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Supreme Court Imposes Rs.50K Costs On A Litigant For Approaching It In An Arbitration Matter [Read Order]

LIVELAW NEWS NETWORK
3 Nov 2020 6:45 AM GMT
Supreme Court Imposes Rs.50K Costs On A Litigant For Approaching It In An Arbitration Matter [Read Order]
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The Supreme Court imposed costs of Rs. 50,000 on a litigant for approaching it in an arbitration matter.

"We may only reiterate what we have stated in Deep Industries Limited v. Oil and Natural Gas Corporation Limited and Another (2019) SCC OnLine SC 1602 and several other cases that we have frowned upon persons knocking at the doors of the Writ Court in arbitration matters. This is one more such case.", said the bench comprising Justice Rohinton Fali Nariman, Navin Sinha and Krishna Murari while dismissing an SLP filed by

In this case, M/S Ved Prakash Mithal had filed a suit before the Delhi High Court for recovery of a sum of Rs. 2,59,95,243/ against the Principal, Kirorimal College. Since there was an arbitration clause in the agreement, the High Court appointed an arbitrator to adjudicate the dispute. This order was assailed before the Apex Court by M/s Ved Prakash Mithal by filing SLP.

Recently, Justice Nariman led bench had dismissed another SLP by imposing costs and observed that a petition under Article 227 of the Constitution of India against dismissal of a petition under Section 16 of the Arbitration and Conciliation Act can be entertained only when there is perversity in the order which leads to a patent lack of inherent jurisdiction. "Unfortunately, parties are using this expression which is in our judgment in Deep Industries Ltd., to go to the 227 Court in matters which do not suffer from a patent lack of inherent jurisdiction. This is one of them. Instead of dismissing the writ petition on the ground stated, the High Court would have done well to have referred to our judgment in Deep Industries Ltd. and dismiss the 227 petition on the ground that there is no such perversity in the order which leads to a patent lack of inherent jurisdiction. The High Court ought to have discouraged similar litigation by imposing heavy costs. The High Court did not choose to do either of these two things.", the court had observed in that case.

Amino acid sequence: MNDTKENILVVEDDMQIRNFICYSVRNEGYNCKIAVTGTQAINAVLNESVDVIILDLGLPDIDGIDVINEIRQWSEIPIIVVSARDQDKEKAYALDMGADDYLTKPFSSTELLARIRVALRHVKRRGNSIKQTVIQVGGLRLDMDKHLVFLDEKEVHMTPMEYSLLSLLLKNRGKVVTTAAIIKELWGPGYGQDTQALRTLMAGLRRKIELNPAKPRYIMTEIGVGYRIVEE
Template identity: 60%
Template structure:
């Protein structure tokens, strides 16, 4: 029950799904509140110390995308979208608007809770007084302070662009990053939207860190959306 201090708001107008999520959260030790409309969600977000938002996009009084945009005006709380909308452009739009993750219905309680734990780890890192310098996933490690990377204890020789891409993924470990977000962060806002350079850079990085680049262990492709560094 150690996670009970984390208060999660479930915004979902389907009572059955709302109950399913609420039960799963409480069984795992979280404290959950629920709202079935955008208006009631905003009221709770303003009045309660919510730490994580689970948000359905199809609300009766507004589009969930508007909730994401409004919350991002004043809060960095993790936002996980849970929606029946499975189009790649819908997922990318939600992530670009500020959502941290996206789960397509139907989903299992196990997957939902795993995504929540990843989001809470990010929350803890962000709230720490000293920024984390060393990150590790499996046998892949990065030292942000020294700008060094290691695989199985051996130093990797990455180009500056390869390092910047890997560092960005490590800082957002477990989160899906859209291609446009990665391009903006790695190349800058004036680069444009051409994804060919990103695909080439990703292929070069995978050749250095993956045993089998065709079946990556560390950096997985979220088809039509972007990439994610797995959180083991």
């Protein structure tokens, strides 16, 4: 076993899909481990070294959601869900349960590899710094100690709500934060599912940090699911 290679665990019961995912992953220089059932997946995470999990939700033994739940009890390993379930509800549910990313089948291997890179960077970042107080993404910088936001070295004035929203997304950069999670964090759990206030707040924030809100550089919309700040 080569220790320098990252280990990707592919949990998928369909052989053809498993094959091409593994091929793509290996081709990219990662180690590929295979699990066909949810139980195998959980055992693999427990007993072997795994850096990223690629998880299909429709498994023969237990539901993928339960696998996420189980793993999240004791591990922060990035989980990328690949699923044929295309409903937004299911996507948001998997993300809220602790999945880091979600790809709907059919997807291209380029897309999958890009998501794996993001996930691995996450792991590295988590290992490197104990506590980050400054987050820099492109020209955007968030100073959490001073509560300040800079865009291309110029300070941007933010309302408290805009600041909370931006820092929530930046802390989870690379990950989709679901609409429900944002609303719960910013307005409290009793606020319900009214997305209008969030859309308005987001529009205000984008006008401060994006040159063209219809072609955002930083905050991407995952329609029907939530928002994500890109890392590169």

Case: M/S VED PRAKASH MITHAL AND SONS vs. PRINCIPAL KIRORIMAL COLLEGE [SLP(c) No. 11883/2020]
Coram: Justice Rohinton Fali Nariman, Navin Sinha and Krishna Murari

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